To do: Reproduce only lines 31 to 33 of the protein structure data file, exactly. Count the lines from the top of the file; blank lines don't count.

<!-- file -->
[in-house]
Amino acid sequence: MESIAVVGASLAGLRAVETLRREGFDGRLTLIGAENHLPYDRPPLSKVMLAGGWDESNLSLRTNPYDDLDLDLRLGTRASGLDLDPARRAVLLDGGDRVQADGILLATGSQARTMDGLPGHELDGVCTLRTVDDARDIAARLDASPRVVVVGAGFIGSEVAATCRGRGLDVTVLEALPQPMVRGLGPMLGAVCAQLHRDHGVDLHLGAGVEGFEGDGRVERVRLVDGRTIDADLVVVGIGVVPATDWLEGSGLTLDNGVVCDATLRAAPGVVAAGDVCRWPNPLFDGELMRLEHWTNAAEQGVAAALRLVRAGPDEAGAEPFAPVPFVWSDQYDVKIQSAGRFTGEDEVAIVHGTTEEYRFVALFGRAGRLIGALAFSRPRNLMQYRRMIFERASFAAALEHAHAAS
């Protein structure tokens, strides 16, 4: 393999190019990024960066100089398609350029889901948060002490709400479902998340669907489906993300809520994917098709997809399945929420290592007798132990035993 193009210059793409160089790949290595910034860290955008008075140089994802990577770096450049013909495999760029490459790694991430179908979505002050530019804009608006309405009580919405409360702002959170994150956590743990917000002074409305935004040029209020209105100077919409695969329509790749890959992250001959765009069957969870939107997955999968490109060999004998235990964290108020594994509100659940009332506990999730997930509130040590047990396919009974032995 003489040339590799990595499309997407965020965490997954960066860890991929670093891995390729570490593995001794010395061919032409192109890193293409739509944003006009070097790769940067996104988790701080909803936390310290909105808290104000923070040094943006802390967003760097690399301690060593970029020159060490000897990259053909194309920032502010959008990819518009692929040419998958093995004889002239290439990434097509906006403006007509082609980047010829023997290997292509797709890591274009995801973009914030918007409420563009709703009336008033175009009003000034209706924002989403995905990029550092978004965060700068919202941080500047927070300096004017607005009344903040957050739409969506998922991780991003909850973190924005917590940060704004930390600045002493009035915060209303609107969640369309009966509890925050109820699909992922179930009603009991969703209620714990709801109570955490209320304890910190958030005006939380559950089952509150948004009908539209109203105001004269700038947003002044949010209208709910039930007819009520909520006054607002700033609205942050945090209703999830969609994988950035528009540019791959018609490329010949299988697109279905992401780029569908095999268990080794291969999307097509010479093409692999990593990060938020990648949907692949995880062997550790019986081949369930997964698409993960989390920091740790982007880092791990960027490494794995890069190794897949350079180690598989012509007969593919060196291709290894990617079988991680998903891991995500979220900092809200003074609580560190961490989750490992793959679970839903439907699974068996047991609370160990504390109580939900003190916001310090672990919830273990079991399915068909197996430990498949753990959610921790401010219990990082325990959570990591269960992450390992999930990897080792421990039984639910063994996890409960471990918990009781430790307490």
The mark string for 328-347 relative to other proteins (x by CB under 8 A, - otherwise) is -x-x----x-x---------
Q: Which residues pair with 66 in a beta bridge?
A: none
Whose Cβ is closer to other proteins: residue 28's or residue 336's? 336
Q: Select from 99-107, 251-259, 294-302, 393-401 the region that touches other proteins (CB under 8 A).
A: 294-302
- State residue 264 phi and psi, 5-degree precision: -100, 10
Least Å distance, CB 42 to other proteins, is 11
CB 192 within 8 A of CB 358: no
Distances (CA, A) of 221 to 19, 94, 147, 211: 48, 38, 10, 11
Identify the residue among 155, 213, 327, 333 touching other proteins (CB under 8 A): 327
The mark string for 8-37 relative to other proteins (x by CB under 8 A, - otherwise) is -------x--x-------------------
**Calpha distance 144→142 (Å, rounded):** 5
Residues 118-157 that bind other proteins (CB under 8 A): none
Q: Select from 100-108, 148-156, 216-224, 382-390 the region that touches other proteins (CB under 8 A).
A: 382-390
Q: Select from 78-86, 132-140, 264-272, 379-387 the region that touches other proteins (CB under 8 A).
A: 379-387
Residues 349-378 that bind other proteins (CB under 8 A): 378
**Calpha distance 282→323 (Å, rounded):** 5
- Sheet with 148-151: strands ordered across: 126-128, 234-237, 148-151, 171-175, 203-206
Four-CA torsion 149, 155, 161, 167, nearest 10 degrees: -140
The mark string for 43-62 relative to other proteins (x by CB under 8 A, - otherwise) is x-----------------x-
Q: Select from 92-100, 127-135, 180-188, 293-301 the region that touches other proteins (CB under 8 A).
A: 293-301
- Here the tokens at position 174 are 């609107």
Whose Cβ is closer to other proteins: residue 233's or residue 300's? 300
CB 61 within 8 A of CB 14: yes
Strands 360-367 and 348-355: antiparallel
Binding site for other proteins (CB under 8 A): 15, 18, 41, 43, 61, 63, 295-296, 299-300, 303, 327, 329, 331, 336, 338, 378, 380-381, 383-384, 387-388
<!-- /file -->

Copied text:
CB 61 within 8 A of CB 14: yes
Strands 360-367 and 348-355: antiparallel
Binding site for other proteins (CB under 8 A): 15, 18, 41, 43, 61, 63, 295-296, 299-300, 303, 327, 329, 331, 336, 338, 378, 380-381, 383-384, 387-388